The family of late Penn State football coach Joe Paterno would be among a group of plaintiffs filing a lawsuit against the U.S. college sports association Thursday over its reaction to the Jerry Sandusky scandal, a lawyer for the Paternos said.
Speaking on "Costas Tonight" on NBC Sports Network, Wick Sollers said the National Collegiate Athletic Association (NCAA) used "coercion and behind-the-scenes threats" to force Penn to pay severe penalties for its handling of the sex abuse scandal.
The NCAA threatened the school with the so-called "Death Penalty," the complete elimination of the football program for one season, to force school officials into accepting the fines, Sollers said on Wednesday's program.
The penalties imposed in July 2012 included a $60 million fine and a four-year loss of post-season eligibility, based on an independent investigation by former FBI Director Louis Freeh into how Penn handled reports of abuse by Sandusky, an assistant football coach.
Freeh found Paterno, who died in January 2012, along with other university officials, covered up Sandusky's sexual abuse for years and showed a callous disregard for the victims to protect a multimillion-dollar football program.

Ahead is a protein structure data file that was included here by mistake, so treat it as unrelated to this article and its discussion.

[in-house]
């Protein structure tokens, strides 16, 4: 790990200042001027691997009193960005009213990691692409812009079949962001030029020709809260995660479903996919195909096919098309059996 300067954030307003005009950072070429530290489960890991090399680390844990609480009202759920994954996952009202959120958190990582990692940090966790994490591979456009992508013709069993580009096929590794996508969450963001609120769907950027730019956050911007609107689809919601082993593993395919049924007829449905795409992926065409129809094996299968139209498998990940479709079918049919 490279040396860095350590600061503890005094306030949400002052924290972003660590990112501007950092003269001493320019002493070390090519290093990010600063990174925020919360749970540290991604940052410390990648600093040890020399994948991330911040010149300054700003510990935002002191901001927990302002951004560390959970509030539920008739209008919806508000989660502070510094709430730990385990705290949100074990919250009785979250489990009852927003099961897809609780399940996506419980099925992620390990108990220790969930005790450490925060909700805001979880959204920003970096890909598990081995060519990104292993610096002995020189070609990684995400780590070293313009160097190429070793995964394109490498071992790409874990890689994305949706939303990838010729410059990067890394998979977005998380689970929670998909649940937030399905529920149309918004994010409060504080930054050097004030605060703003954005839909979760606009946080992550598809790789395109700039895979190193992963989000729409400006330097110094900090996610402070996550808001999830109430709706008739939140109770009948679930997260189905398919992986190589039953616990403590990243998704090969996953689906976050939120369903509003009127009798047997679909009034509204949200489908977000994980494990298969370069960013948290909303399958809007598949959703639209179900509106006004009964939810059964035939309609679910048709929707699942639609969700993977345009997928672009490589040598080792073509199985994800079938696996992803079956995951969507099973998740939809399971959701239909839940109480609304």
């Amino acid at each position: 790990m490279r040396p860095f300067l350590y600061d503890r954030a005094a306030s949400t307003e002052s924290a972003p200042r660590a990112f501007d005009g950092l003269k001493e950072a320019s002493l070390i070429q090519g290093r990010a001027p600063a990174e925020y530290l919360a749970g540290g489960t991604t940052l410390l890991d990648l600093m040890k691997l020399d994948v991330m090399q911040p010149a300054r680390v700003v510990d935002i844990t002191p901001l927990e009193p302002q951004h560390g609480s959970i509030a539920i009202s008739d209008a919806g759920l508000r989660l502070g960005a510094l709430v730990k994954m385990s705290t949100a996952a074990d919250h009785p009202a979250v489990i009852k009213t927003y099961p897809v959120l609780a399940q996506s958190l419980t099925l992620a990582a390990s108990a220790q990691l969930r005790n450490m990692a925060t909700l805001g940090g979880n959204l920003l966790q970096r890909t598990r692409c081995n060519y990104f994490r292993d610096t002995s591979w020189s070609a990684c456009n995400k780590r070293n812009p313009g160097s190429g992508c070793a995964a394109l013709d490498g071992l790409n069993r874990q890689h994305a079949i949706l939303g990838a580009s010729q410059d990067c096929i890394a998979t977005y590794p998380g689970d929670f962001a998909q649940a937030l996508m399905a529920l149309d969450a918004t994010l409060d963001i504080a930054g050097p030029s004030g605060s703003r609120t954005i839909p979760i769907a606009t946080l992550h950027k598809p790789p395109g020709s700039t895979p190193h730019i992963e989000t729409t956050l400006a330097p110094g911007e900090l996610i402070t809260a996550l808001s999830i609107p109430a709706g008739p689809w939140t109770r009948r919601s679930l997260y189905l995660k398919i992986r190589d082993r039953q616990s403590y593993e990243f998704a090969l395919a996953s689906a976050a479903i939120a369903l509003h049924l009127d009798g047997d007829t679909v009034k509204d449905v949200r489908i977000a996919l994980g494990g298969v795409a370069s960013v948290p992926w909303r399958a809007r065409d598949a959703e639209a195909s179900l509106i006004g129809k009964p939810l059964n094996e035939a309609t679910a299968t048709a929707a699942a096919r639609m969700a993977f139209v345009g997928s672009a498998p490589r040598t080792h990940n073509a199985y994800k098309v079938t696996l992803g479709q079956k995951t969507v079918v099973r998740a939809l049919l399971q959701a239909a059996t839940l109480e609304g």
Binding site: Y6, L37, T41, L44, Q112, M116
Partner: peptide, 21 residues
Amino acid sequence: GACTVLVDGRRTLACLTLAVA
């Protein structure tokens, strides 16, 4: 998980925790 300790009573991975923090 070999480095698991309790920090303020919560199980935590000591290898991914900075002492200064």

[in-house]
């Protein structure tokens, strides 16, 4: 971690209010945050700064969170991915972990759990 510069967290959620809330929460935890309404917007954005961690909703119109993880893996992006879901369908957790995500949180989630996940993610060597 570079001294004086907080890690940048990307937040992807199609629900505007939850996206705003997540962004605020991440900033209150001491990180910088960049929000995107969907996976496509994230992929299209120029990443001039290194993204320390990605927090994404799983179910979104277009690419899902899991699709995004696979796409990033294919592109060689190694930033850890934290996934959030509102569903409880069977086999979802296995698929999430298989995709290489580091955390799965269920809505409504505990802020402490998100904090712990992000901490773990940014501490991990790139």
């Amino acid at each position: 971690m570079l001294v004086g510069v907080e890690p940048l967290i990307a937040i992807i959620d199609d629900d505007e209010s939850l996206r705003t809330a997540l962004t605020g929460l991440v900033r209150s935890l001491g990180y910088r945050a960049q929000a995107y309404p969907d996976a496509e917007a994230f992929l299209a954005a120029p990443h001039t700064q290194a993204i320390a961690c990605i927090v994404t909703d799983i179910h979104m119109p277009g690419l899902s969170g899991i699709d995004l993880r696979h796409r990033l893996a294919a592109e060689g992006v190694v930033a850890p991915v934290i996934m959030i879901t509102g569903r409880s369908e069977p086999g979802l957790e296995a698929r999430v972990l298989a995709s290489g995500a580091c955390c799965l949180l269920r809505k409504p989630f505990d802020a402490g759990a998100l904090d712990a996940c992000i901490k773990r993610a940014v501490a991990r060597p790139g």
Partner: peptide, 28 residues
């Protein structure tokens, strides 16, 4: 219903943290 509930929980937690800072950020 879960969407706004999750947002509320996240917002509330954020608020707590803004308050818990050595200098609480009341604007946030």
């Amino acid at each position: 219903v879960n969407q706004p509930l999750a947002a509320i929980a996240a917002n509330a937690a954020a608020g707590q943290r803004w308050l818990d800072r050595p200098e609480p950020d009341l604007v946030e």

Sue Paterno, the coach's widow, has said her husband had never hindered investigators looking into Sandusky's behavior.
Sandusky is in prison serving a sentence of 30 to 60 years for the sexual abuse of 10 boys in a 15-year period. Some of the abuse occurred in the Penn State locker room.
Until Sandusky's arrest in 2011, Paterno was one of the most revered figures in American sports due in large part to his ranking as the winningest coach in major college football.
The suit is expected to be filed in Centre County, Penn. Former Penn State football stars Michael Robinson, Patrick Mauti and Justin Kurpeikis are expected to be among the plaintiffs, Paterno family representatives said in a statement released late Wednesday.
Donald Remy, the NCAA's chief legal officer, declined to comment on the pending lawsuit.
Penn State officials said the school is not directly involved in any lawsuit against the NCAA that the Paterno family may join.